Historically, C compilers generated assembly code, which would then be translated to machine code by an assembler. Inline assembly arises as a simple feature — in the intermediate assembly code, at that point, inject some user-picked code. Some compilers directly generate machine code, in which case they contain an assembler or call an external assembler to generate the machine code for the inline assembly snippets.
The most common use for assembly code is to use specialized processor instructions that the compiler isn't able to generate. For example, disabling interrupts for a critical section, controlling processor features (cache, MMU, MPU, power management, querying CPU capabilities, …), accessing coprocessors and hardware peripherals (e.g.
outb instructions on x86), etc. You'll rarely find
asm("movl %ecx %eax"), because that affects general-purpose registers that the C code around it is also using, but something like
asm("mcr p15, 0, 0, c7, c10, 5") has its use (data memory barrier on ARM). The OSDev wiki has several examples with code snippets.
Assembly code is also useful to implement features that break C's flow control model. A common example is context switching between threads (whether cooperative or preemptive, whether in the same address space or not) requiring assembly code to save and restore register values.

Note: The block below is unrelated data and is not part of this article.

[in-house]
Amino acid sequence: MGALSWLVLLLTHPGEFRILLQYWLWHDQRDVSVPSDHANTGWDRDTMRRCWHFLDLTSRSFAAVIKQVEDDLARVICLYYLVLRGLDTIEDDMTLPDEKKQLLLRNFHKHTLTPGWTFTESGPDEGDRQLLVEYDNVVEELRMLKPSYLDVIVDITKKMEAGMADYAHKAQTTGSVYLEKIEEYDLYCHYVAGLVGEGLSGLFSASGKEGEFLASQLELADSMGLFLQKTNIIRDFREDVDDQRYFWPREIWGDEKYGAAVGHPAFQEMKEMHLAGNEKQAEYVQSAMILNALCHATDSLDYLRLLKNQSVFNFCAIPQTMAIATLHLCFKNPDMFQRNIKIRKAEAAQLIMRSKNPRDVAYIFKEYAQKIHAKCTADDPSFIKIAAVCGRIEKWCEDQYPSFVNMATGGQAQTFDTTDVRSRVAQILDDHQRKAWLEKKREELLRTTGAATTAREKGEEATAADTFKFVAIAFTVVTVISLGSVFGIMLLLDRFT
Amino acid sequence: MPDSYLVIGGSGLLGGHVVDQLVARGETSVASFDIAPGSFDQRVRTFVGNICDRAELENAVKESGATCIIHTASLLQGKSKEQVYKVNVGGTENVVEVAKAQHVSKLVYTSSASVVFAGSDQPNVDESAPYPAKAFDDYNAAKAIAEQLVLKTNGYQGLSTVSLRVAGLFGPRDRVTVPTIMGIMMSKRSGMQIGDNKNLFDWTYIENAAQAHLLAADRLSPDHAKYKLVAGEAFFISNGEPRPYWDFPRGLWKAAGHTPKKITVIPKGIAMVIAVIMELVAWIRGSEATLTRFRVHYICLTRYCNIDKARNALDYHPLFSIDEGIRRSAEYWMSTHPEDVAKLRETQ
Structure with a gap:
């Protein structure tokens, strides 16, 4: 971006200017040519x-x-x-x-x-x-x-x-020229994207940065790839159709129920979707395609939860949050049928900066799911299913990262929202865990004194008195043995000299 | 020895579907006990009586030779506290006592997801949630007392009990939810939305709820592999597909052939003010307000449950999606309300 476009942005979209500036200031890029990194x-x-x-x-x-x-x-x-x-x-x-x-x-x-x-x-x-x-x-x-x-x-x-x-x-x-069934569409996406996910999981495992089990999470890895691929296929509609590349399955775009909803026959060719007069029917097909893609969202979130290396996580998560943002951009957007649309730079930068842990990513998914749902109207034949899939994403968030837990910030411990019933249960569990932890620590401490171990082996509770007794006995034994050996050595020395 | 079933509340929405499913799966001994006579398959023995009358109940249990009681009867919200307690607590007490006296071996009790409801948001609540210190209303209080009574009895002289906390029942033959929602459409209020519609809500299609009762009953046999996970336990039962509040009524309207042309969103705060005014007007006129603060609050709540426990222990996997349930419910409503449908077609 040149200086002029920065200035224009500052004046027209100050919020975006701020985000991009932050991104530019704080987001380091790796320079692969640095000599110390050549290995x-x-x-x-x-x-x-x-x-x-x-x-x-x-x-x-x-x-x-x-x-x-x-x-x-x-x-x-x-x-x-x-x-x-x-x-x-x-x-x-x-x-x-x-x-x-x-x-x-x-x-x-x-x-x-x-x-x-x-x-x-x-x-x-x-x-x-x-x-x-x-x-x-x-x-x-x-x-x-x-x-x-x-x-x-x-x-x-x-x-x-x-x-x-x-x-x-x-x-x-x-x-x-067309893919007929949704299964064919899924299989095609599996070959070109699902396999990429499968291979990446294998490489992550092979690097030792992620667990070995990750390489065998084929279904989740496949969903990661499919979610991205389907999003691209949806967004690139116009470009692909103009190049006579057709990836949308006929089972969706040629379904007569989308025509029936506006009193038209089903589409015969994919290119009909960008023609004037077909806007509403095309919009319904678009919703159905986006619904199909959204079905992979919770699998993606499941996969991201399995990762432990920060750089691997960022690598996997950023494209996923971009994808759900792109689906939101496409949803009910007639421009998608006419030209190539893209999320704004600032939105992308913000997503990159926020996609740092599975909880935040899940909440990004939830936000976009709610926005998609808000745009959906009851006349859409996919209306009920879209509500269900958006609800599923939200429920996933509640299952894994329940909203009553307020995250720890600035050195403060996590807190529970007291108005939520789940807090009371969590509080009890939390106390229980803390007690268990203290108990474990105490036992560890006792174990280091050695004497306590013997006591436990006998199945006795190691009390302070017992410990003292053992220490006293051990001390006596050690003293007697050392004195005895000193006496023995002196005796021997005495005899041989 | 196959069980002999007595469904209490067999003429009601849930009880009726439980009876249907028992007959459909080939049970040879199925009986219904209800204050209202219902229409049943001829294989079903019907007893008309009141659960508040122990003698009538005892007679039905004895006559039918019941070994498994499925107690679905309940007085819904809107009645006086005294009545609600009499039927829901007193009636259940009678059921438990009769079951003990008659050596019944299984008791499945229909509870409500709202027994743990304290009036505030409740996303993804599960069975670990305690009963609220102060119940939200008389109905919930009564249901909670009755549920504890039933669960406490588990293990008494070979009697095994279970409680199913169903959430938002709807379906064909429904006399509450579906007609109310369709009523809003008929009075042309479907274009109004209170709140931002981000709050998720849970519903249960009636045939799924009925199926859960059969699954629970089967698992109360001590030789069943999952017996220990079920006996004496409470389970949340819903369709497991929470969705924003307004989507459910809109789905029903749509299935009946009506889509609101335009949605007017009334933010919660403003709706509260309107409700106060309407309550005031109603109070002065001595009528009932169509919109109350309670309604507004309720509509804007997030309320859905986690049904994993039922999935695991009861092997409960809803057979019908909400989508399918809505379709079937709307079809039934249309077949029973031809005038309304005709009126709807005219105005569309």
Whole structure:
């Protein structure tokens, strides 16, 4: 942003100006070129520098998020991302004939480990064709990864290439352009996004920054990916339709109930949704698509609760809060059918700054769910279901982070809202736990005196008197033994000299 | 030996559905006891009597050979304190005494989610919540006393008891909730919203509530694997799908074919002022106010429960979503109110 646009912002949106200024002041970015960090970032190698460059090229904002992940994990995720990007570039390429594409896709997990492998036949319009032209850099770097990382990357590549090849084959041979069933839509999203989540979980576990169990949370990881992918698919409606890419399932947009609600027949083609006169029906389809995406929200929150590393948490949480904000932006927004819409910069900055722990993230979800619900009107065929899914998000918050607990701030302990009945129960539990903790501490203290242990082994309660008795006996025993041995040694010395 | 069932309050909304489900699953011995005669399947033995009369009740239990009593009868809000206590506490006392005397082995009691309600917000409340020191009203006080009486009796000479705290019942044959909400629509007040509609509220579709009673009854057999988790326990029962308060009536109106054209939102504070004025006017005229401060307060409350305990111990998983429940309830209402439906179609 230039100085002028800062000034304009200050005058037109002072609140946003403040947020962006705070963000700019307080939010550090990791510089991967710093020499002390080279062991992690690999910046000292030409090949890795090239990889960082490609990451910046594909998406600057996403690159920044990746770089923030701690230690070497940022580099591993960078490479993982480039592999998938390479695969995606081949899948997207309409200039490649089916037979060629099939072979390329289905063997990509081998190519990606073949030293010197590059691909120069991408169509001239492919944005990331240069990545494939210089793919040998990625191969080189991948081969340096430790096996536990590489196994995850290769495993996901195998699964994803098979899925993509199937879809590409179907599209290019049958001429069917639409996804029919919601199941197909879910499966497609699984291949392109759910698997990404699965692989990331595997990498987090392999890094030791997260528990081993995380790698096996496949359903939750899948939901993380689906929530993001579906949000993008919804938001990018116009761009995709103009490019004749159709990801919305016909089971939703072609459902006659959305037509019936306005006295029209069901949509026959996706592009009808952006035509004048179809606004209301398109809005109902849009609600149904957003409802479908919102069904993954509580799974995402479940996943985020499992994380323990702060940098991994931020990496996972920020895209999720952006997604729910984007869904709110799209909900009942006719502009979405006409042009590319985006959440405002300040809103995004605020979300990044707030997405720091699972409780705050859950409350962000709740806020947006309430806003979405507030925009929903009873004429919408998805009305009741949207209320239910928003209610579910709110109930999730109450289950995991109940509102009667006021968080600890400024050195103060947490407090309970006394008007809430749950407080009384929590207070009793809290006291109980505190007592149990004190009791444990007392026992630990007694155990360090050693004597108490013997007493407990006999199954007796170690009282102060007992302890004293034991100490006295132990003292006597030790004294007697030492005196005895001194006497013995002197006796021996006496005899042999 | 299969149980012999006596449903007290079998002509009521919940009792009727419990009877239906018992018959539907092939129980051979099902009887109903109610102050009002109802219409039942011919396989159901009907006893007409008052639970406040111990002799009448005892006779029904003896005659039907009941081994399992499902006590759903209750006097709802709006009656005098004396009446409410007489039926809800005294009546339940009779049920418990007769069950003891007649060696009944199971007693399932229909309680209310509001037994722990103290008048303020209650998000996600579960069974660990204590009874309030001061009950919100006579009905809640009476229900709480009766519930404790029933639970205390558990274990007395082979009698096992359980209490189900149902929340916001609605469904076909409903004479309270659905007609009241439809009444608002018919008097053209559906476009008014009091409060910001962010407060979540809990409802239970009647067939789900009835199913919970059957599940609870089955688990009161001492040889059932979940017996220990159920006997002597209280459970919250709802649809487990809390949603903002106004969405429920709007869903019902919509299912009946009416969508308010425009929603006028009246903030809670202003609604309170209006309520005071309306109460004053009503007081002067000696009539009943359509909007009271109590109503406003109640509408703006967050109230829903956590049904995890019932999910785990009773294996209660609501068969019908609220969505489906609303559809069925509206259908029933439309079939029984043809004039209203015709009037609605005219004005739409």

Assembly code is also useful to hand-optimize small bits of code for memory or speed. As compilers are getting smarter, this is rarely relevant at the application level nowadays, but it's still relevant in much of the embedded world.
There are two ways to combine assembly with C: with inline assembly, or by linking assembly modules with C modules. Linking is arguably cleaner but not always applicable: sometimes you need that one instruction in the middle of a function (e.g. for register saving on a context switch, a function call would clobber the registers), or you don't want to pay the cost of a function call.
Most C compilers support inline assembly, but the syntax varies. It is typically introduced by the keyword
__asm__. In addition to the assembly code itself, the inline assembly construct may contain additional code that allows you to pass values between assembly and C (for example, requesting that the value of a local variable is copied to a register on entry), or to declare that the assembly code clobbers or preserves certain registers.